Barrick Gold Corp.’s closed Golden Sunlight Mine near Whitehall, Mont., is coming alive again with the reprocessing of tailings, as Nevada Gold Mines uses concentrated sulfur from the mine.
Montana Gov. Greg Gianforte and Barrick President and Chief Executive Officer Mark Bristow met at Golden Sunlight to discuss the innovative project that is expected to create 75 or more jobs and tens of millions of dollars in tax revenue and benefits to Montana, Barrick announced.
The tailings from which gold was extracted in the mine’s mills when Golden Sunlight was in full operation will be reprocessed, with a focus on removing and concentrating sulfur (iron pyrite) that will then be sold to and used in gold production by Nevada Gold Mines.
Barrick owns 61.5% of Nevada Gold Mines and is NGM’s operator. Newmont Corp. owns the remaining 38.5% of NGM.
Barrick stated that the concentrated sulfur is not only valuable, but its removal will also eliminate a source of potential groundwater contamination at Golden Sunlight. The remaining material after the reprocessing will be benign and will be used to backfill the Mineral Hill open pit.
Bristow said at the meeting late last week with the Montana governor that the groundbreaking project, which combines rehabilitation with value creation, would serve as a model of Barrick’s future mine closures.
“It’s very much in line with Barrick’s commitment to sustainability as well as our philosophy of sharing the economic benefits generated by our mines with stakeholders. Everyone wins: the local community gets jobs and cleaner water; the State of Montana gets taxes; and Barrick continues to get some revenue from an operation previously judged to be terminal,” Bristow said.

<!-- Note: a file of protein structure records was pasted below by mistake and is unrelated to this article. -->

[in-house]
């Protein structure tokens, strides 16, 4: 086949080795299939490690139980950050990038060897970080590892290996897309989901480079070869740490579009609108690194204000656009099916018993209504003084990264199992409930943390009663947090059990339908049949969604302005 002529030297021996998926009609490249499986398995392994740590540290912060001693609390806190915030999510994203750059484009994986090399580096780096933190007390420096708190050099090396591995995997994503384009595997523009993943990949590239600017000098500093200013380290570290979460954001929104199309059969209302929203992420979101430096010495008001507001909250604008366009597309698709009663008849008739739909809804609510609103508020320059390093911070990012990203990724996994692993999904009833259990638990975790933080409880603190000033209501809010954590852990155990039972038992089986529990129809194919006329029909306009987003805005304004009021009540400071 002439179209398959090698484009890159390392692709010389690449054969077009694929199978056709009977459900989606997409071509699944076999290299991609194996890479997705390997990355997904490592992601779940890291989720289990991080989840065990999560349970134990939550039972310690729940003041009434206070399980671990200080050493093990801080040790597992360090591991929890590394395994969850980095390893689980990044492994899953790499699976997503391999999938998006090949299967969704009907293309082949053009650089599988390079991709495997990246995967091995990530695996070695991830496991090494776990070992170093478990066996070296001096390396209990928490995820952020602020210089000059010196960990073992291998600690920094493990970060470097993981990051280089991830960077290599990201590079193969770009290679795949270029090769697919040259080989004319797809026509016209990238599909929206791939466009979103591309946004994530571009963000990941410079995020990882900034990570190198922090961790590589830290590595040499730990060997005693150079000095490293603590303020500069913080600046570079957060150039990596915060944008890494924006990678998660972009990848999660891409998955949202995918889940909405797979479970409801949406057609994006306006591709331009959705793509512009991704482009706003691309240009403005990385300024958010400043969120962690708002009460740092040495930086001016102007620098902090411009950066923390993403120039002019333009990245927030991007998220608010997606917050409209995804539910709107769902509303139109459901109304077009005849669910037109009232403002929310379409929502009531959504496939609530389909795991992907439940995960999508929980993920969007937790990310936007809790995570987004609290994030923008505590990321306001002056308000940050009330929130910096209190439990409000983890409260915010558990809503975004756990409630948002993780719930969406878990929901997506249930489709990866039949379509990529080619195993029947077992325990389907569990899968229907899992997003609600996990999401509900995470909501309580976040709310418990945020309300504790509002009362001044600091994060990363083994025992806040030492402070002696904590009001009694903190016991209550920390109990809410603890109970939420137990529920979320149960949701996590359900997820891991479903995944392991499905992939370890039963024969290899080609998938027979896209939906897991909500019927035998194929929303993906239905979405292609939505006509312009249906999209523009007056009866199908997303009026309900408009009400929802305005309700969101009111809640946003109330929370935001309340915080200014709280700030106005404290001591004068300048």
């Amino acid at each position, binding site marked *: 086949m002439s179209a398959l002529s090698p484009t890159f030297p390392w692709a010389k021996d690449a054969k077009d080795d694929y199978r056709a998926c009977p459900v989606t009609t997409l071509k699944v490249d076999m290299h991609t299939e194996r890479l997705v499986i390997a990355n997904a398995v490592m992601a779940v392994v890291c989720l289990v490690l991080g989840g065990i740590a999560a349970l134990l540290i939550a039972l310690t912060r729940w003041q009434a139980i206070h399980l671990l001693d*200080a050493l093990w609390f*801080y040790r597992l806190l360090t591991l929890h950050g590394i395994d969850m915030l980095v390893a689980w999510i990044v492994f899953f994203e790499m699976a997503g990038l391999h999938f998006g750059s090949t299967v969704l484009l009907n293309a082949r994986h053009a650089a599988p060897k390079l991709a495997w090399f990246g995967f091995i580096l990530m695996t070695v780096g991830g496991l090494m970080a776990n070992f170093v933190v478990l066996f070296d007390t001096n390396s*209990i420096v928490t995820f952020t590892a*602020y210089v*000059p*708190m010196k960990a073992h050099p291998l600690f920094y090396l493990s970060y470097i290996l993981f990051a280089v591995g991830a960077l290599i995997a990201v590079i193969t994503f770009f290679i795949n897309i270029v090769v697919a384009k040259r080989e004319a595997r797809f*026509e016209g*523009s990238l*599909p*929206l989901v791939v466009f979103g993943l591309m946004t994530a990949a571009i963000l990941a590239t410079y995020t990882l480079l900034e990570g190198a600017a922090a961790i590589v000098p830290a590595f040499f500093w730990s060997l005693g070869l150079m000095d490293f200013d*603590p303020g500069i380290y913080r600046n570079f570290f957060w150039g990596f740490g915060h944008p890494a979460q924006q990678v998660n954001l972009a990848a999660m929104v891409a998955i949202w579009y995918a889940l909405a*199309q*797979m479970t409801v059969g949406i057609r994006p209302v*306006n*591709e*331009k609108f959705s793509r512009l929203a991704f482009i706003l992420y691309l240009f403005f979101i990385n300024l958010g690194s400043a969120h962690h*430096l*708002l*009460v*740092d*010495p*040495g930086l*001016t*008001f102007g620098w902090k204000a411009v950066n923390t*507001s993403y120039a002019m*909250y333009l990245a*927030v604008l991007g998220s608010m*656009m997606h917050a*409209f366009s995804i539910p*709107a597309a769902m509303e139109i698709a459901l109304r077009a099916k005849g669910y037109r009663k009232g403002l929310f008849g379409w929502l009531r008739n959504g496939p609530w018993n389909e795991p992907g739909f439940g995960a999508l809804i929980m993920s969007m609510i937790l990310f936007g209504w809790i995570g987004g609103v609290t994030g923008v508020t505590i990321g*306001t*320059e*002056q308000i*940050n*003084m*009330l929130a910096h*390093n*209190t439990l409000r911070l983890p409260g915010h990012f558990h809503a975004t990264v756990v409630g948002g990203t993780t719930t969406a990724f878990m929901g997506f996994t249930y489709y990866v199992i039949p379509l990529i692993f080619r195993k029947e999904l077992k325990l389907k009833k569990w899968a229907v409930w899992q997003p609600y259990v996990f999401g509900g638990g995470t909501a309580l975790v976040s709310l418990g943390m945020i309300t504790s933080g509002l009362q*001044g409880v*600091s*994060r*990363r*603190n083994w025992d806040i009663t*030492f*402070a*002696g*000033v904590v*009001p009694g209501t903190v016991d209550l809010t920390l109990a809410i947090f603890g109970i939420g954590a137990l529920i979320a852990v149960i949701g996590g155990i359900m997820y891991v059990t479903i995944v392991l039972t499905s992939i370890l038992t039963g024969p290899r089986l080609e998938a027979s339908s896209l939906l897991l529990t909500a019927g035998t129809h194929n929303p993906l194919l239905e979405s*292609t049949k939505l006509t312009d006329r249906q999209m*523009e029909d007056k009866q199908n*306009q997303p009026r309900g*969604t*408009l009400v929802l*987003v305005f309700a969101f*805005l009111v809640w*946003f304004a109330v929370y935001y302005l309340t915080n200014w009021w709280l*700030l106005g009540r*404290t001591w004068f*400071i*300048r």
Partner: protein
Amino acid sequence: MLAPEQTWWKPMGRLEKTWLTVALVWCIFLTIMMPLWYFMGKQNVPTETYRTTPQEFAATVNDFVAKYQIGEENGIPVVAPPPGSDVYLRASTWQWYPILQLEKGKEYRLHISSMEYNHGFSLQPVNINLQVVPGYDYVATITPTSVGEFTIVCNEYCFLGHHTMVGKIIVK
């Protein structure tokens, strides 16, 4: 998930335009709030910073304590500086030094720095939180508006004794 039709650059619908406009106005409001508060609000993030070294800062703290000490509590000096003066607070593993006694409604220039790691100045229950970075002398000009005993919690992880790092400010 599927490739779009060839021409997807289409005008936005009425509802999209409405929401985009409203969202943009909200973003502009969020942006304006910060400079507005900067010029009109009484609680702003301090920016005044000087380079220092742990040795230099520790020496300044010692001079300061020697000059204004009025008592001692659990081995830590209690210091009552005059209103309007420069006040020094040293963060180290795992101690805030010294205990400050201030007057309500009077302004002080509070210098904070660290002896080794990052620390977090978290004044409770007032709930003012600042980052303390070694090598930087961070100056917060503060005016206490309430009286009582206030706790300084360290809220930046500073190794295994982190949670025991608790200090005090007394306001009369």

“We look forward to completing the permitting process this fall and shipping the first concentrates as early as the end of this year,” he said.
According to the Montana Standard, Barrick will reprocess 26 million tons of tailings.
“It’s great to see Barrick’s Golden Sunlight Mine continue to invest in the community of southwest Montana,” Gianforte said. “This is the type of investment that is possible when state agencies provide a stable, predictable regulatory process that companies can rely on, one that benefits the local environment, too.”
The Montana Department of Environmental Quality is completing its environmental review of the project.
Golden Sunlight produced more than 3 million ounces of gold during its nearly 40 years in operation, shutting down in 2019, when gold production was no longer economically viable, Barrick stated.